The oil industry is shifting towards the digital oil field to better and less expensively extract and use oil from existing fields.
FREMONT, CA: Many people see the digital oil field as a sophisticated technology hub, complete with numerous flashing screens and a couple of hushed experts sharing notes. It is better defined as a concept covering data streaming from far-flung wells and the processing, integrating, and analyzing that data in various physical frameworks.
In other words, it's taking the knowledge gained by many non-oil companies during their digital transformations and applying them to the oil industry. Using technology to enhance business processes, increase communication across the organization, and assemble and mine data for insights to improve operations.
This necessitates automation in the digital oil industry. Productivity is boosted by removing humans from routine tasks, and the expert is allowed to focus on more challenging, analytical work. Combining a large number of drilling operations, like remotely steerable down-hole and integrate-while-drilling instruments, results in significant amounts of real-time data being produced across various disciplines.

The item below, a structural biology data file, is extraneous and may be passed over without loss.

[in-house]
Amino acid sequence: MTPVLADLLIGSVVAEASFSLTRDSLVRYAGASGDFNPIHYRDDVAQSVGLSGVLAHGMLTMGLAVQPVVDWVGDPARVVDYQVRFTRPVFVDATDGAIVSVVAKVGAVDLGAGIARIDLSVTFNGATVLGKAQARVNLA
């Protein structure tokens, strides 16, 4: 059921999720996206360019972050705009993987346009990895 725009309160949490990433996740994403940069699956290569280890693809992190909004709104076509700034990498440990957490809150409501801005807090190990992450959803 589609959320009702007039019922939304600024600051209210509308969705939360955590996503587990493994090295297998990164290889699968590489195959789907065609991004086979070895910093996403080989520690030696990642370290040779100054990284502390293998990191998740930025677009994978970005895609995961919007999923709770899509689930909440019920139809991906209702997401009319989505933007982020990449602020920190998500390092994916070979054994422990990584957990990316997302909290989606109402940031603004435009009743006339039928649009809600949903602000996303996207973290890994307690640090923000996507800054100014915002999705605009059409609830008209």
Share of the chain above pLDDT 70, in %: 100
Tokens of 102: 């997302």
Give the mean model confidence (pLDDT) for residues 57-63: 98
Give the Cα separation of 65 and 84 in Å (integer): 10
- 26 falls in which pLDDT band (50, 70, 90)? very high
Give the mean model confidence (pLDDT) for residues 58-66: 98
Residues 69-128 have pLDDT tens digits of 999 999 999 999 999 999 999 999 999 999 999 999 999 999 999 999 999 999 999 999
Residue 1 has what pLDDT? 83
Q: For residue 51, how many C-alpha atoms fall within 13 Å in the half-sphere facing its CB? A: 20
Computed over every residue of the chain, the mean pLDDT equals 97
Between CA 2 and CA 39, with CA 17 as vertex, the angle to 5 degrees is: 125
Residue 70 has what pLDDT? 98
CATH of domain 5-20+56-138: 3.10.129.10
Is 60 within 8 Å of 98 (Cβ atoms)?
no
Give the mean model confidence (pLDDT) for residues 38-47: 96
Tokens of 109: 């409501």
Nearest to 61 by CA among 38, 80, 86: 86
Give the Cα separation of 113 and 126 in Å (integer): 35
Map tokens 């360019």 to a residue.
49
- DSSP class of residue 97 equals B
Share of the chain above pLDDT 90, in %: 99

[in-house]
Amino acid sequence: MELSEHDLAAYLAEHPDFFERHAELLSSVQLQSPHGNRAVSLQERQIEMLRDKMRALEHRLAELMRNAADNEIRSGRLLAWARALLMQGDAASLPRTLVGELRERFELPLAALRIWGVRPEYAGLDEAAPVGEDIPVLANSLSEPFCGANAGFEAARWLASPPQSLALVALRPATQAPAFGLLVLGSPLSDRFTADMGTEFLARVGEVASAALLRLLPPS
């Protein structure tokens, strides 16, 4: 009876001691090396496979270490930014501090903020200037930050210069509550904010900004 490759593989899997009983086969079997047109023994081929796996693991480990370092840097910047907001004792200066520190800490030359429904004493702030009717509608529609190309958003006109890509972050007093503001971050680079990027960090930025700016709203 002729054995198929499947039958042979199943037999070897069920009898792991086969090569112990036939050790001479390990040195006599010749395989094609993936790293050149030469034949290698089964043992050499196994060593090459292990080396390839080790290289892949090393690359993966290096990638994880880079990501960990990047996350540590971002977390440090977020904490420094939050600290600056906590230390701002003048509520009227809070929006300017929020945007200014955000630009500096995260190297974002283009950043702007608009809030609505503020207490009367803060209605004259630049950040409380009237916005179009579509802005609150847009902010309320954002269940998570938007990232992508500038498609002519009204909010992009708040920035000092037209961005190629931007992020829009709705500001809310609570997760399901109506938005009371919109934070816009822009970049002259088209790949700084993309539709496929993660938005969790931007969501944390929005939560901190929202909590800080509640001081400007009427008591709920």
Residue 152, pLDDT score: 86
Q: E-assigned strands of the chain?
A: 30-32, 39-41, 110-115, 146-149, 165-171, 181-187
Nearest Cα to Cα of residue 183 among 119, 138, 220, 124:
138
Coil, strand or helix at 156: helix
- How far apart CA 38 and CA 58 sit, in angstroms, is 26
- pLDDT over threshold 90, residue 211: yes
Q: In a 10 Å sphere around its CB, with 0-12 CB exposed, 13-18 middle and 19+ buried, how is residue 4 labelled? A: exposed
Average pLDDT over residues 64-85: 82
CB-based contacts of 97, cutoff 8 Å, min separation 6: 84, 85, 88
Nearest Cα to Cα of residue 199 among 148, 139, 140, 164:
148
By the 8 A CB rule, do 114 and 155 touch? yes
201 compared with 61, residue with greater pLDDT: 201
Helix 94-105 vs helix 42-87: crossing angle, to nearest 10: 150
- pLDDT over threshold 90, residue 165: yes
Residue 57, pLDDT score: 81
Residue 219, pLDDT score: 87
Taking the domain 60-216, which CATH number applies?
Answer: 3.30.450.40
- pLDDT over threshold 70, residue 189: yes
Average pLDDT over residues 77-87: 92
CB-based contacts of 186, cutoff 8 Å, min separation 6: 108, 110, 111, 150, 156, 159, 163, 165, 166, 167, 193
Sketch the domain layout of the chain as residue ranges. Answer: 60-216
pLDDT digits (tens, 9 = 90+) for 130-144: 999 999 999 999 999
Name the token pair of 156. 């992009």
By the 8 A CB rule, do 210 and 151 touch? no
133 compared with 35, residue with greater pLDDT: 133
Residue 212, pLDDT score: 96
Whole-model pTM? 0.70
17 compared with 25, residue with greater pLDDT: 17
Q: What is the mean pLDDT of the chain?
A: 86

Many in the Oil Industry are Slow to Adapt Despite Payoffs
That seems reasonable. The oil sector has been reluctant to adopt digital technology in the past, making the creation of a digital oil field extremely difficult. According to an article about digital oil fields, 60 percent of oil executives surveyed stated that resistance to change was the main barrier to reaching the full potential of the digital oil field. Oil and gas is a traditional industry that has tried to cling to tried-and-tested techniques rather than adopting disruptive innovations.
Oil corporations that have been serious about employing technology to construct digital oil fields, on the other hand, have reaped significant rewards. The worth of its 'Smart Fields' deployment, according to estimates, was $5 billion over five years. Within the first full year of implementation, enterprises might see a 25-percentage reduction in operational costs, an eight percentage increase in production rates, a 2–4 percentage reduction in project expenditures, and a 6-percentage increase in resource recovery with digital oil fields.